Comcast (NASDAQ:CMCSA) isn't exactly a beloved company among consumers, but it's doing just fine. High-speed internet is a staple, and migration to better web service has picked up in earnest during the pandemic this year. That has helped bridge what would otherwise have been a disaster for the media empire -- and made this a solid dividend stock still worth owning.

A cruel, cruel summer

The summer months are an important stretch for media companies, and Comcast in particular was poised to have an especially busy one this year. But with its theme parks mostly idled, the Summer Olympics and other sporting events postponed, and new feature film releases pushed back on the calendar, Comcast had anything but a banner third quarter in 2020. Revenue fell 5% year over year to $25.5 billion, and adjusted EBITDA (earnings before interest, tax, depreciation, and amortization) fell 11% to $7.6 billion.  

Various devices displayed in cells, illustrating internet connectivity.

Image source: Getty Images.

But net high-speed internet subscription additions of 663,000 in the quarter (for a grand total of 30.1 million at the end of Q3) propped up the large cable communications segment. Cable and broadcast TV strength also helped NBC Universal's results, and 22 million sign-ups for the streaming service Peacock helped mitigate the 273,000 net subscriber losses in cable TV (Comcast ended Q3 with 20.1 million TV customers). Across the pond, Sky was up slightly on the top line but turned in lower profitability due to high expenses as sporting events resumed after the lockdown earlier in the year.

Metric

3 Months Ended

Sept. 30, 2020

3 Months Ended

Sept. 30, 2019

Change

Cable Communications

Revenue

$15.0 billion

$14.6 billion

3%

Adjusted EBITDA

$6.41 billion

$5.80 billion

11%

NBCUniversal

Revenue

$6.72 billion

$8.30 billion

(19%)

Adjusted EBITDA

$1.29 billion

$2.09 billion

(39%)

Sky

Revenue

$4.79 billion

$4.55 billion

5%

Adjusted EBITDA

$515 million

$899 million

(45%)

EBITDA = earnings before tax, interest, depreciation, and amortization. Data source: Comcast.  

On a consolidated basis, Comcast's revenue and adjusted EBITDA are down 6% and 9% respectively through the first nine months of 2020. The theme has been consistent since March: High-speed internet additions are offsetting a mixed bag at best everywhere else. The good news, though, is that internet service is a high-profit concern. As a result, even in a less-than-perfect year, free cash flow (revenue less cash operating expenses and capital expenditures) is up 6% year over year through the first three quarters to $11.6 billion.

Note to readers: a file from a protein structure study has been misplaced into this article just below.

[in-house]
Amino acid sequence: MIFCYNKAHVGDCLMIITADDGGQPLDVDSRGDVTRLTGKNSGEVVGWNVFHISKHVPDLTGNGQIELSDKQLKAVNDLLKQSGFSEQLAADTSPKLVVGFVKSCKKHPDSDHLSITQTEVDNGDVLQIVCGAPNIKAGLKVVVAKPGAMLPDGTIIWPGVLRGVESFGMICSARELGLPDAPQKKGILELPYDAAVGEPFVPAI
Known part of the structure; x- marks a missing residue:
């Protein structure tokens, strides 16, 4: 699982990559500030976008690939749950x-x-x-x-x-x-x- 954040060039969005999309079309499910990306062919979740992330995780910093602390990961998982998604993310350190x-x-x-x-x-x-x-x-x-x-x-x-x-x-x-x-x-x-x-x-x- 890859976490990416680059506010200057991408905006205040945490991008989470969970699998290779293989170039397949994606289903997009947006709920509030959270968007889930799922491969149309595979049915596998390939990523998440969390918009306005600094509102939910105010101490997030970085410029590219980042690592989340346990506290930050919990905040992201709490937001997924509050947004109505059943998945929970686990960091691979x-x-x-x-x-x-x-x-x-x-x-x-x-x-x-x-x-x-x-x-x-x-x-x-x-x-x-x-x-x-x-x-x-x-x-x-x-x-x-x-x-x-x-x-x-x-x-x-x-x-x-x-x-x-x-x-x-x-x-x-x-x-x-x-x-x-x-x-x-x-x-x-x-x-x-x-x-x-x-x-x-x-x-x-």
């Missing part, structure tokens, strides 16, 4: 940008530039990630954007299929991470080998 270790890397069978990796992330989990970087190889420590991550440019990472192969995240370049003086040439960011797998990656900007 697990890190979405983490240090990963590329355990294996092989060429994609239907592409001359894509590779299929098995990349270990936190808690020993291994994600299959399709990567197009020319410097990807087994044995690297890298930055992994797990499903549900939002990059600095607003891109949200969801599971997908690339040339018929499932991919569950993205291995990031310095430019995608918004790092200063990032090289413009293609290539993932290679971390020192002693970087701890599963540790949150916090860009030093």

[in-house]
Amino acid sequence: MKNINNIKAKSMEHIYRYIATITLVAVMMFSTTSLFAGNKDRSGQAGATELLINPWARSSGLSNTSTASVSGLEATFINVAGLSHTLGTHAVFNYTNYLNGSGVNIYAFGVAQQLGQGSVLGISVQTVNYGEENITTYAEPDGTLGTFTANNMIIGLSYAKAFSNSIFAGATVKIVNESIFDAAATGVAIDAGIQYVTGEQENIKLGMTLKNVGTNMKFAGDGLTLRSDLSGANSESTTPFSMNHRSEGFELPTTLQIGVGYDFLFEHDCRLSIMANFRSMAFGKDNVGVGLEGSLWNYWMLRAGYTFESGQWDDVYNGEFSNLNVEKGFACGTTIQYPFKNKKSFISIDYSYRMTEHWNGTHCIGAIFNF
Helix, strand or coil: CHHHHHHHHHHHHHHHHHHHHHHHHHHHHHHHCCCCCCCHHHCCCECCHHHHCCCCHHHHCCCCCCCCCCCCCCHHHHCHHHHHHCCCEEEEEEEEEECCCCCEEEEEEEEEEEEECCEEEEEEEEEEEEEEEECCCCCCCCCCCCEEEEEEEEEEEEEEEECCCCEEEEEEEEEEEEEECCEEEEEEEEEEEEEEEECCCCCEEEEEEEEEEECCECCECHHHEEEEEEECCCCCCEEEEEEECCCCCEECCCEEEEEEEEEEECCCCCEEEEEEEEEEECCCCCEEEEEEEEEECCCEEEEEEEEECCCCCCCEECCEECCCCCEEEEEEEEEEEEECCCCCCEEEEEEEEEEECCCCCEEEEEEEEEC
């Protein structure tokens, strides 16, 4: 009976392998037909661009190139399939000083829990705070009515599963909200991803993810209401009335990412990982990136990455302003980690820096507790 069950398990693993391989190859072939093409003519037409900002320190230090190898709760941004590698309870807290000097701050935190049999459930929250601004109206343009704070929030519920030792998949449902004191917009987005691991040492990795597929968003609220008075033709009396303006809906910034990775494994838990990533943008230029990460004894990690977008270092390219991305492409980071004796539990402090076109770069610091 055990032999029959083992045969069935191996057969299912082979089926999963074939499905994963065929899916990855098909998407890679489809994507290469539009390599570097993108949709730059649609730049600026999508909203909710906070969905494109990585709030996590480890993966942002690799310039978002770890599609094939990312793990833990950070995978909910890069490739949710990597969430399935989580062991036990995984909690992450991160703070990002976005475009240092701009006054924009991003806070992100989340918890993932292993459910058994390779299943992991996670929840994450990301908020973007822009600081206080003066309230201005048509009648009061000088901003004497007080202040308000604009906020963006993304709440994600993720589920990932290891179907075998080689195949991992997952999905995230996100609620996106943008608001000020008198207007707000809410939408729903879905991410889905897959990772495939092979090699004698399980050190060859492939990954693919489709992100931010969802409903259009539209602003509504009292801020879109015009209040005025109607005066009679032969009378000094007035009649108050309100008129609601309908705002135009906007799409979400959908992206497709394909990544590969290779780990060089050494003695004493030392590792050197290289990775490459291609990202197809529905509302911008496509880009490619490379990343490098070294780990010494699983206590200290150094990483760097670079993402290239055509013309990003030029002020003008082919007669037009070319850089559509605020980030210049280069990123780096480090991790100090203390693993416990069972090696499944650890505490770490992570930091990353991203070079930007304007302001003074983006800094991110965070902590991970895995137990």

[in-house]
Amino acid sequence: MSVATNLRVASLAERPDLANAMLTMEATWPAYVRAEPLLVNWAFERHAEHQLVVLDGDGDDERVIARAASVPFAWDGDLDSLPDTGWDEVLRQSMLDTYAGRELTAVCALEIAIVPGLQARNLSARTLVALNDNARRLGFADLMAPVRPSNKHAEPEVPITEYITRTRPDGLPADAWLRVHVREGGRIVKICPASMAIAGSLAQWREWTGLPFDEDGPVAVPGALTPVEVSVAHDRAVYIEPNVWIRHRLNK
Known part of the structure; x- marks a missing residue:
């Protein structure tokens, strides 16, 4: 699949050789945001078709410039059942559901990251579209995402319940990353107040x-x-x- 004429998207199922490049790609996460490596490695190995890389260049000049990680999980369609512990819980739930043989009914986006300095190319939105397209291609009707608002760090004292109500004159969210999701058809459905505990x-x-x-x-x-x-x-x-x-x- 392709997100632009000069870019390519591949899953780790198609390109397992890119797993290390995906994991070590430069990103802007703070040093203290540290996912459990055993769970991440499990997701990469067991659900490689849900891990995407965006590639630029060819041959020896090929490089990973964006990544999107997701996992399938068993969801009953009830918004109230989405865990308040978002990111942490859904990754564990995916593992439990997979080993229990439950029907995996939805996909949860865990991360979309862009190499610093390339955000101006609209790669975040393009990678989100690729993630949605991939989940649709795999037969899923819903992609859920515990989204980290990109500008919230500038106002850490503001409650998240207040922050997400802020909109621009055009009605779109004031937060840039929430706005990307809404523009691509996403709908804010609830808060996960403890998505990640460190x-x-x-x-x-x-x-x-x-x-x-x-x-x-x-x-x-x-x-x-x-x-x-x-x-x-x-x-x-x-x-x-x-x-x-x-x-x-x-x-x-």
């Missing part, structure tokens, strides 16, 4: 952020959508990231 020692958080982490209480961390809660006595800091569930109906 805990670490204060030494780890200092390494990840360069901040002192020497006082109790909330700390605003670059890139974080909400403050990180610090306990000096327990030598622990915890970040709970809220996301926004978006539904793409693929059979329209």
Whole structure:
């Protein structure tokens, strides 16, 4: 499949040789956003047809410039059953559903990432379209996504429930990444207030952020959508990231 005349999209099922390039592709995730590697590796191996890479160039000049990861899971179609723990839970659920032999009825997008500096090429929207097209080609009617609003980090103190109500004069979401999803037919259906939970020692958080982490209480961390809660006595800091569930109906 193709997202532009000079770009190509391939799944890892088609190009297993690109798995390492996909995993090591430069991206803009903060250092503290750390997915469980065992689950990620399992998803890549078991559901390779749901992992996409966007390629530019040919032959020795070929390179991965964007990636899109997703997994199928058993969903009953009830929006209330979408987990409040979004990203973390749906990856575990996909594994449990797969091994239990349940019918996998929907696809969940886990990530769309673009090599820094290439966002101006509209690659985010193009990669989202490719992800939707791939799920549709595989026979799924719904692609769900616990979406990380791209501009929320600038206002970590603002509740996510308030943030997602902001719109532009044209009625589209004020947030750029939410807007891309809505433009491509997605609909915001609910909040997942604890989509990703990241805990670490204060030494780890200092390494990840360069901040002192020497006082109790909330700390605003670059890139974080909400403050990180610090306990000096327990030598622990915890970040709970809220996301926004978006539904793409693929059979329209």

Slow and steady wins the day

The free cash flow profile is important as it supports Comcast's dividend, currently yielding 2.1%. The quarterly payout to shareholders has only cost Comcast $3.09 billion this year. Thus, free cash generation handily supports the investor payday and has plenty of room to grow in the years ahead.  

Besides, the last two quarters could mark a low point for the company. Management said on the earnings call that its theme parks could return to breakeven on the bottom line in 2021, and theatrical releases should resume as well. And while Peacock's 22 million subscribers are far behind the some 38 million U.S. subscribers AT&T's HBO and HBO Max have -- let alone the far higher streaming count at Disney and Netflix -- Roku's recent addition of Peacock to its platform could help speed up the number of users and resulting advertising sales.  

Also promising is that Comcast has actually strengthened its balance sheet this year. Total cash and equivalents were $13.7 billion at the end of September (versus $5.50 billion at the start of 2020) and total debt was $104 billion (versus $102 billion at the beginning of the year). Not many mega-corporations can boast similar increases in net cash balance after eight months of pandemic disruption.  

Comcast is far from perfect, and it isn't generating rave results in its next-gen entertainment services like some of its peers. Nevertheless, I think this is a solid dividend stock worth owning, thanks in no small part to the highly profitable and growing high-speed internet segment. And at just 14 times trailing 12-month free cash flow, it could be a real bargain if business overall starts to rebound in 2021.

This article represents the opinion of the writer, who may disagree with the “official” recommendation position of a Motley Fool premium advisory service. We’re motley! Questioning an investing thesis -- even one of our own -- helps us all think critically about investing and make decisions that help us become smarter, happier, and richer.